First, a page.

Colour and how brains shape society

The Naked Scientists spoke to Chelsea Wald and Bob Hirshon, AAAS, the Science Society
26 November 2006

Interview with 

Chelsea Wald and Bob Hirshon, AAAS, the Science Society

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Bob - This week for the Naked Scientists, we're going to tell you some new things we've recently learned about the brain-in particular, how our brains help shape our societies. I'll talk about money-but first, Chelsea has a report about something all our brains seem to be able to agree on-colour.

Chelsea - Gertrude Stein said "a rose is a rose is a rose." Now, psychologists Delwin Lindsey and Angela Brown of Ohio State University have proven that red is red is red. Using the World Color Survey, in which speakers of 110 different languages categorized colored chips, they found that people universally classify a colour according to its position on the rainbow. In other words, Lindsey says any non-English speaker's word for "red" would include shades like burgundy, brick, and cherry.

Delwin - Perhaps their sample might extend a little bit into the pinks and a little bit into the oranges. But they certainly would not have a colour name that would span two entirely different categories.

Chelsea - But while basic colour classifications seem to be hard-wired into our brains, the actual number of colour names and categories varies tremendously across cultures and languages. For example, Lindsey says some traditional cultures have only two different colour names, one for warm hues and one for cool hues. On the other hand, industrialized countries have far more colour names.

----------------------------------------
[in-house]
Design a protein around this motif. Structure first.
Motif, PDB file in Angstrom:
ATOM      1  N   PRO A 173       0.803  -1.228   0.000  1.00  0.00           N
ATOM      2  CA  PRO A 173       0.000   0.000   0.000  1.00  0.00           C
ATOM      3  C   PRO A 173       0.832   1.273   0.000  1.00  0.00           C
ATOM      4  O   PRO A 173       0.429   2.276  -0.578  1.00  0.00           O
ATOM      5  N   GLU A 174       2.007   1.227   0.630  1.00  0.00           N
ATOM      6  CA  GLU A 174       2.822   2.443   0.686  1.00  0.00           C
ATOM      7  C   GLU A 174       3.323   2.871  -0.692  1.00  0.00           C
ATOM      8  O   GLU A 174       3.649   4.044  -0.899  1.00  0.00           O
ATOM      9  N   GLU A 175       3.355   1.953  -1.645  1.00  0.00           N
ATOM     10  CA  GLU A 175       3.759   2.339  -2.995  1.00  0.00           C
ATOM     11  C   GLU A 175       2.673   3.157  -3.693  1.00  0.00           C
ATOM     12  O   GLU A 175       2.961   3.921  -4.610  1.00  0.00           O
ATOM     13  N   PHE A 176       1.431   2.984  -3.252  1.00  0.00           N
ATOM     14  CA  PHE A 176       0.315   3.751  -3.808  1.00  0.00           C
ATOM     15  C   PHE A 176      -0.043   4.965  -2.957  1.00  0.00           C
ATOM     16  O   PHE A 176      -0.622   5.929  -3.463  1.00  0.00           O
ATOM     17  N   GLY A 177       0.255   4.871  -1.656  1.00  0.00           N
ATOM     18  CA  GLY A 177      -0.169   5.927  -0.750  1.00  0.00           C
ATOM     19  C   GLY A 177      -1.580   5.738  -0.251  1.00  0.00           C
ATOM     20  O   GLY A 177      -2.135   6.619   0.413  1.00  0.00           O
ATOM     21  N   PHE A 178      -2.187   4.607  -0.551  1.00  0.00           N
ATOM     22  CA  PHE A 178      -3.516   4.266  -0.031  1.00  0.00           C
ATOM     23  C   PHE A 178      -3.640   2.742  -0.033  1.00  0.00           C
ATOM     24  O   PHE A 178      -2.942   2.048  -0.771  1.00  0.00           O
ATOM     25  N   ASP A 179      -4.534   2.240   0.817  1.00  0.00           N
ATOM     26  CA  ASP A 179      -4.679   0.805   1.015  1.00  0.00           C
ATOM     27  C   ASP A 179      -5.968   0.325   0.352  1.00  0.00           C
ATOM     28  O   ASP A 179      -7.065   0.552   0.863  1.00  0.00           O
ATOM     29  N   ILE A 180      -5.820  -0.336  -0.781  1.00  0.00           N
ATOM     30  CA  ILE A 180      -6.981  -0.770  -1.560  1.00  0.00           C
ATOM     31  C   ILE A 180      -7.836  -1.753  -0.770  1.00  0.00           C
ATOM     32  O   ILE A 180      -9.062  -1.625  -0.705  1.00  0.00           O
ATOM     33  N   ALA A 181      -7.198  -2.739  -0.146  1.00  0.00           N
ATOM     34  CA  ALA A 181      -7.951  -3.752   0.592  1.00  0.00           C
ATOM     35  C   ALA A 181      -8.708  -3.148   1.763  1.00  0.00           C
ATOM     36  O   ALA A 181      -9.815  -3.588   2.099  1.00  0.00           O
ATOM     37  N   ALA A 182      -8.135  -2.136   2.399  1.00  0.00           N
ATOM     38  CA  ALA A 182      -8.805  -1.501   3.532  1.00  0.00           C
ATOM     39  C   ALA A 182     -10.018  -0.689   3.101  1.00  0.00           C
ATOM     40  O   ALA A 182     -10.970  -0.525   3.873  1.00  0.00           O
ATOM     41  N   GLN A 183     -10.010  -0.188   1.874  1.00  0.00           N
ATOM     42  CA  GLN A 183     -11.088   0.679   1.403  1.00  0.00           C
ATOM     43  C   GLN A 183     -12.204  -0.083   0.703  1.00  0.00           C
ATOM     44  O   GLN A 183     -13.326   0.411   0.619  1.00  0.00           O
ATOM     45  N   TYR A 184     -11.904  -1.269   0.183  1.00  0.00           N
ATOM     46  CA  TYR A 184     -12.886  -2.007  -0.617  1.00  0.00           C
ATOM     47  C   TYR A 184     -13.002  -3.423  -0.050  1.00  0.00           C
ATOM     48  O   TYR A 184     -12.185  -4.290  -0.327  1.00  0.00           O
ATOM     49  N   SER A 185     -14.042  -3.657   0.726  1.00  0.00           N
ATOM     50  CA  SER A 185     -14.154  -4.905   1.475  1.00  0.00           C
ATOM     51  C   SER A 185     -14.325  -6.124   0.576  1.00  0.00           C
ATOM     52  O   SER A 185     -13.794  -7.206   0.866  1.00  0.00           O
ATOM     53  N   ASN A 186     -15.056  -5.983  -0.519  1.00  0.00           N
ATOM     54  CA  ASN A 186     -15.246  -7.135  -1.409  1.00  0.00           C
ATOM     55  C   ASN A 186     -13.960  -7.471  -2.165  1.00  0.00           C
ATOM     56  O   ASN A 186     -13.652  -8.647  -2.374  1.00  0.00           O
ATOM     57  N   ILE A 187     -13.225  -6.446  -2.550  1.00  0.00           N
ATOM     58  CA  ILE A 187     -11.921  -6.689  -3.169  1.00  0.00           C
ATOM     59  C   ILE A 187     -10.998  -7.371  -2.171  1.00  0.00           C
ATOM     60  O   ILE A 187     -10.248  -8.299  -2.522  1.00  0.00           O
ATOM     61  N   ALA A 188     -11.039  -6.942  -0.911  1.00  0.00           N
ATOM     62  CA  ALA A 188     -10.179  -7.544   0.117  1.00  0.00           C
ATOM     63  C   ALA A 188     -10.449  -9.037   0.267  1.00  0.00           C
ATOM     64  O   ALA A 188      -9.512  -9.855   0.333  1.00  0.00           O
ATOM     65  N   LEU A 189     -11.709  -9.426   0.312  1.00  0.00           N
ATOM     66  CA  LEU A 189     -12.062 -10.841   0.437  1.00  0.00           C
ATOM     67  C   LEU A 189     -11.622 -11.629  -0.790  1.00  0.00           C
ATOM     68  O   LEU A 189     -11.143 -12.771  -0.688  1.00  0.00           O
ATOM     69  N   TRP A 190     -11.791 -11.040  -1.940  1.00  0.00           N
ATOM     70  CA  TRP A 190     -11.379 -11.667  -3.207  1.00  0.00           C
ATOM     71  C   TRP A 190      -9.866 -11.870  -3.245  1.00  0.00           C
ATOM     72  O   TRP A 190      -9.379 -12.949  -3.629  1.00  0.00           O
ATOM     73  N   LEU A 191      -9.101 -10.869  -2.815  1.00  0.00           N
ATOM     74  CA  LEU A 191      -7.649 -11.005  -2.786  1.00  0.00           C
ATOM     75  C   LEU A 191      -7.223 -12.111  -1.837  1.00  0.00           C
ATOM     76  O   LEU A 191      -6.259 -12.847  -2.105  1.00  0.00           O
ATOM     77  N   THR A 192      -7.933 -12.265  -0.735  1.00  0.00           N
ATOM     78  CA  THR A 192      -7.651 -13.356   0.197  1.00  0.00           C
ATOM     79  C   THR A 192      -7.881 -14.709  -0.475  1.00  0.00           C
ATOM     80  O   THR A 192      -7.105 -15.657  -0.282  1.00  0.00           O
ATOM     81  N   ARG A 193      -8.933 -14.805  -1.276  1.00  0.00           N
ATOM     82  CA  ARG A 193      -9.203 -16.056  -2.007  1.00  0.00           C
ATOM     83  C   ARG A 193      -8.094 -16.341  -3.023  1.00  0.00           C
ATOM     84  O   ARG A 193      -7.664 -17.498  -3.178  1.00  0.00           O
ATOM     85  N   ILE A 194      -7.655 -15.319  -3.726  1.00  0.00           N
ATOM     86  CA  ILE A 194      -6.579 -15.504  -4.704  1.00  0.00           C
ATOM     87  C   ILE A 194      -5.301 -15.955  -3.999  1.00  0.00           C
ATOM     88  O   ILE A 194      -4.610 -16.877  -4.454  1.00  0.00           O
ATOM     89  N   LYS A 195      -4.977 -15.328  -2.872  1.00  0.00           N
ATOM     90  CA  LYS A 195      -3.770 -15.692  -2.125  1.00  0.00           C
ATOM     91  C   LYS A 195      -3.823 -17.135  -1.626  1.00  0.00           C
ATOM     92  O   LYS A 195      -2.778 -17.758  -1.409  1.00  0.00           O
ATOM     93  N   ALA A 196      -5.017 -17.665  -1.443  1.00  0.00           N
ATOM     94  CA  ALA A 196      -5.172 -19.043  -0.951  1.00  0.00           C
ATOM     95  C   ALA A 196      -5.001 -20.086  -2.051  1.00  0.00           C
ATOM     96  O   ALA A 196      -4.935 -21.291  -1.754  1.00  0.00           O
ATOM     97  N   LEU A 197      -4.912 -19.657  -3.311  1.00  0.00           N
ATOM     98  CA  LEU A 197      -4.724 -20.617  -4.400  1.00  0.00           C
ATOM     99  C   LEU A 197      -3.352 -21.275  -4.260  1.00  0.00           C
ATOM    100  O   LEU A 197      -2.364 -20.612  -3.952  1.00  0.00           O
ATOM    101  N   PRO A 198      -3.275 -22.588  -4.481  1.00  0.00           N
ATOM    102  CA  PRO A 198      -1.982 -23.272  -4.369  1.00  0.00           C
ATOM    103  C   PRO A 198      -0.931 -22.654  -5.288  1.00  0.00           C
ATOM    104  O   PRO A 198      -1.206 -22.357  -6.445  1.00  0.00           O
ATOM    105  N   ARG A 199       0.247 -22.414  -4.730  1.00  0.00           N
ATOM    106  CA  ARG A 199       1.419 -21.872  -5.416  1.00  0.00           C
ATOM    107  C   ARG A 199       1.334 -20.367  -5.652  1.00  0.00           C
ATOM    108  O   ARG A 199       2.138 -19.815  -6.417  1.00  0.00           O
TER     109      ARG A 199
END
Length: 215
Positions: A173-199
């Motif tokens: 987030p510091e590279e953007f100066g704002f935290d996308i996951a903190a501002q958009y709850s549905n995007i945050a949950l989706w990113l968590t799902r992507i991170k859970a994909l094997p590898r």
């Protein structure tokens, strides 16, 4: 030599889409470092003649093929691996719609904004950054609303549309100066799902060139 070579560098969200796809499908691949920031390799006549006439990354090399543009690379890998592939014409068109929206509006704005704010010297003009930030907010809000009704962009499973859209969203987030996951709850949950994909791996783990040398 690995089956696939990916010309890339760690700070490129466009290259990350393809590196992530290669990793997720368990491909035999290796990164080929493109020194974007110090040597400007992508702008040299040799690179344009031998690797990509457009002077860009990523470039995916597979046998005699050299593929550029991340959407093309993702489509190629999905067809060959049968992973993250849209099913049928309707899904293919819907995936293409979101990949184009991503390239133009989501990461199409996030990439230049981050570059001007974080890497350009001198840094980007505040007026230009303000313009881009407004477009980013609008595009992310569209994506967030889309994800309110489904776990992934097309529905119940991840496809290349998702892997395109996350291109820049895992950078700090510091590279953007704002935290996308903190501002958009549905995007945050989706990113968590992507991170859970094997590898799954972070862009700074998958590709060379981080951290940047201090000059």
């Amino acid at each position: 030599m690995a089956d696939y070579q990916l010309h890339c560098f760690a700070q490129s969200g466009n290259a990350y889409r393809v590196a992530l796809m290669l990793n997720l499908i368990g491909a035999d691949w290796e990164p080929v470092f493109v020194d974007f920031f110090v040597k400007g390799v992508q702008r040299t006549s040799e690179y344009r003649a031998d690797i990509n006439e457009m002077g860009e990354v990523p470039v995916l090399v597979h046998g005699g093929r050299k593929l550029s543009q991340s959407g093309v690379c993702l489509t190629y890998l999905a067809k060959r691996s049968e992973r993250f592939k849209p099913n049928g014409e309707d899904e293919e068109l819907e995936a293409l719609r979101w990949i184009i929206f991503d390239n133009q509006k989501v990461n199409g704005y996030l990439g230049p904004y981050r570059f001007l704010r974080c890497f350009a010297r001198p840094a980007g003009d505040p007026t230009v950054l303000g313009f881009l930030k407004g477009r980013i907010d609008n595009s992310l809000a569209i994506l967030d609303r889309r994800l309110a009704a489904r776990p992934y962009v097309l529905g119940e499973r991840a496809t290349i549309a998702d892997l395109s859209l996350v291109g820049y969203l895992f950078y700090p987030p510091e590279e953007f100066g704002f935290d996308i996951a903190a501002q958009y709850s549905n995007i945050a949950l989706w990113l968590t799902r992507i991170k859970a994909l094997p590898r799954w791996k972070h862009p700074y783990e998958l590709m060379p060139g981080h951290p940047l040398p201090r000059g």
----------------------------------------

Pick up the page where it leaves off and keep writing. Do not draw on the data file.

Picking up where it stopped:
Delwin - In very traditional cultures in which objects within that culture could be identified on the basis of a number of different kinds of features, they would tend to use or have relatively few basic colour terms. But as that culture advanced technologically, so would its capacity to make artifacts or objects that could be distinguished solely on the basis of colour.

Chelsea - ... leading eventually to the hairsplittingly specific colour names you see in clothing or paint catalogues.

Bob - Thanks, Chelsea. Does money encourage self-sufficiency, or selfishness? Yes and yes, according to University of Minnesota consumer psychologist Kathleen Vohs. In a series of nine experiments, Vohs and her colleagues found that the mere suggestion of money - through word games, pictures, or play money - made people work longer on challenging tasks before asking for help. But it also made them less inclined to help others on similar tasks, donate spare change to charity, or even pick up somebody's dropped pencils.

Kathleen - So it suggested that they just thought that everyone should be working toward their own goals without wanting help, just like they had done in the other experiment.

Bob - Thinking about money also made people more interested in working alone, or choosing solitary leisure activities over social opportunities. The bottom line is that for better or worse, money appears to motivate self-reliance. And just as Vohs' research dealt with money in the abstract, rather than actual wealth, other studies suggest that even an academic interest in money can affect your behaviour.

Kathleen - And students and professors both who are interested in economics, they donate less to charity, and they're more competitive when it comes to games that we play in the lab, when there's a competitive or cooperative response that can be given.

Bob - The findings should give ample ammunition to both supporters and critics of capitalism.

Chelsea - Thanks, Bob. We'll be back next week with more stories from the country where money is green. Until then, I'm Chelsea Wald.

Bob - And I'm Bob Hirshon, for AAAS, The Science Society. Back to you, Naked Scientists…


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